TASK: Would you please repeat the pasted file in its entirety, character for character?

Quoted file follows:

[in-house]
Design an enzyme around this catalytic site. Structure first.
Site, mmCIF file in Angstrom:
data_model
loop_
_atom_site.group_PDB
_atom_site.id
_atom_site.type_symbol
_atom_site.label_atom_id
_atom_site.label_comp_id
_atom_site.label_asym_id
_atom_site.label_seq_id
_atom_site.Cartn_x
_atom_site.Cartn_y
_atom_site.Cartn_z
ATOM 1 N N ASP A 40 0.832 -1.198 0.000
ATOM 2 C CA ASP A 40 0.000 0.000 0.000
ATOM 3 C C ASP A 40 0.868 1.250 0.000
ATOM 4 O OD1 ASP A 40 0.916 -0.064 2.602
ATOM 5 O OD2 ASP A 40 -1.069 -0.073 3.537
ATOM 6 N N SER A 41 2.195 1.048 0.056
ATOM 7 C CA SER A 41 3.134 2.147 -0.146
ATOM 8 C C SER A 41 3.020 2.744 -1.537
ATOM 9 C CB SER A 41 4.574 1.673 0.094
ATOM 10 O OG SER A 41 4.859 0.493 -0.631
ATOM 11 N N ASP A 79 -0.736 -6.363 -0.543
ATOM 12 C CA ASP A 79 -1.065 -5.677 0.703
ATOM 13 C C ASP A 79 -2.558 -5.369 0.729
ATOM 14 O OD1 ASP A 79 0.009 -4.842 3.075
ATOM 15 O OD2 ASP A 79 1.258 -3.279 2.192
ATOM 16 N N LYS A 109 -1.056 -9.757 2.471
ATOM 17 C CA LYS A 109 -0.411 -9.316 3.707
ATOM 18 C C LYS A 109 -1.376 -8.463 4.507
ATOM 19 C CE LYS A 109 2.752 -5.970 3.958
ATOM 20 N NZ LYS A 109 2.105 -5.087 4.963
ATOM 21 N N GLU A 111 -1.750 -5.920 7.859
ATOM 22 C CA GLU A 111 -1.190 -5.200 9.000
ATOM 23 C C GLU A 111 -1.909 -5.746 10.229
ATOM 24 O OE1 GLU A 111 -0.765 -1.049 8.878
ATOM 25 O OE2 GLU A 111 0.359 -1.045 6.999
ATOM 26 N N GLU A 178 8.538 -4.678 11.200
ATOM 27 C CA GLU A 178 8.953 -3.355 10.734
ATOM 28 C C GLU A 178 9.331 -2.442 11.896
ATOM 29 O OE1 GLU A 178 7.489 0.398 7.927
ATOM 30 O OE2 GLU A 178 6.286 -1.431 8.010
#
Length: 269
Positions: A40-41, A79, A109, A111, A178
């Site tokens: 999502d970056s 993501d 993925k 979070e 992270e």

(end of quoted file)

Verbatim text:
[in-house]
Design an enzyme around this catalytic site. Structure first.
Site, mmCIF file in Angstrom:
data_model
loop_
_atom_site.group_PDB
_atom_site.id
_atom_site.type_symbol
_atom_site.label_atom_id
_atom_site.label_comp_id
_atom_site.label_asym_id
_atom_site.label_seq_id
_atom_site.Cartn_x
_atom_site.Cartn_y
_atom_site.Cartn_z
ATOM 1 N N ASP A 40 0.832 -1.198 0.000
ATOM 2 C CA ASP A 40 0.000 0.000 0.000
ATOM 3 C C ASP A 40 0.868 1.250 0.000
ATOM 4 O OD1 ASP A 40 0.916 -0.064 2.602
ATOM 5 O OD2 ASP A 40 -1.069 -0.073 3.537
ATOM 6 N N SER A 41 2.195 1.048 0.056
ATOM 7 C CA SER A 41 3.134 2.147 -0.146
ATOM 8 C C SER A 41 3.020 2.744 -1.537
ATOM 9 C CB SER A 41 4.574 1.673 0.094
ATOM 10 O OG SER A 41 4.859 0.493 -0.631
ATOM 11 N N ASP A 79 -0.736 -6.363 -0.543
ATOM 12 C CA ASP A 79 -1.065 -5.677 0.703
ATOM 13 C C ASP A 79 -2.558 -5.369 0.729
ATOM 14 O OD1 ASP A 79 0.009 -4.842 3.075
ATOM 15 O OD2 ASP A 79 1.258 -3.279 2.192
ATOM 16 N N LYS A 109 -1.056 -9.757 2.471
ATOM 17 C CA LYS A 109 -0.411 -9.316 3.707
ATOM 18 C C LYS A 109 -1.376 -8.463 4.507
ATOM 19 C CE LYS A 109 2.752 -5.970 3.958
ATOM 20 N NZ LYS A 109 2.105 -5.087 4.963
ATOM 21 N N GLU A 111 -1.750 -5.920 7.859
ATOM 22 C CA GLU A 111 -1.190 -5.200 9.000
ATOM 23 C C GLU A 111 -1.909 -5.746 10.229
ATOM 24 O OE1 GLU A 111 -0.765 -1.049 8.878
ATOM 25 O OE2 GLU A 111 0.359 -1.045 6.999
ATOM 26 N N GLU A 178 8.538 -4.678 11.200
ATOM 27 C CA GLU A 178 8.953 -3.355 10.734
ATOM 28 C C GLU A 178 9.331 -2.442 11.896
ATOM 29 O OE1 GLU A 178 7.489 0.398 7.927
ATOM 30 O OE2 GLU A 178 6.286 -1.431 8.010
#
Length: 269
Positions: A40-41, A79, A109, A111, A178
């Site tokens: 999502d970056s 993501d 993925k 979070e 992270e």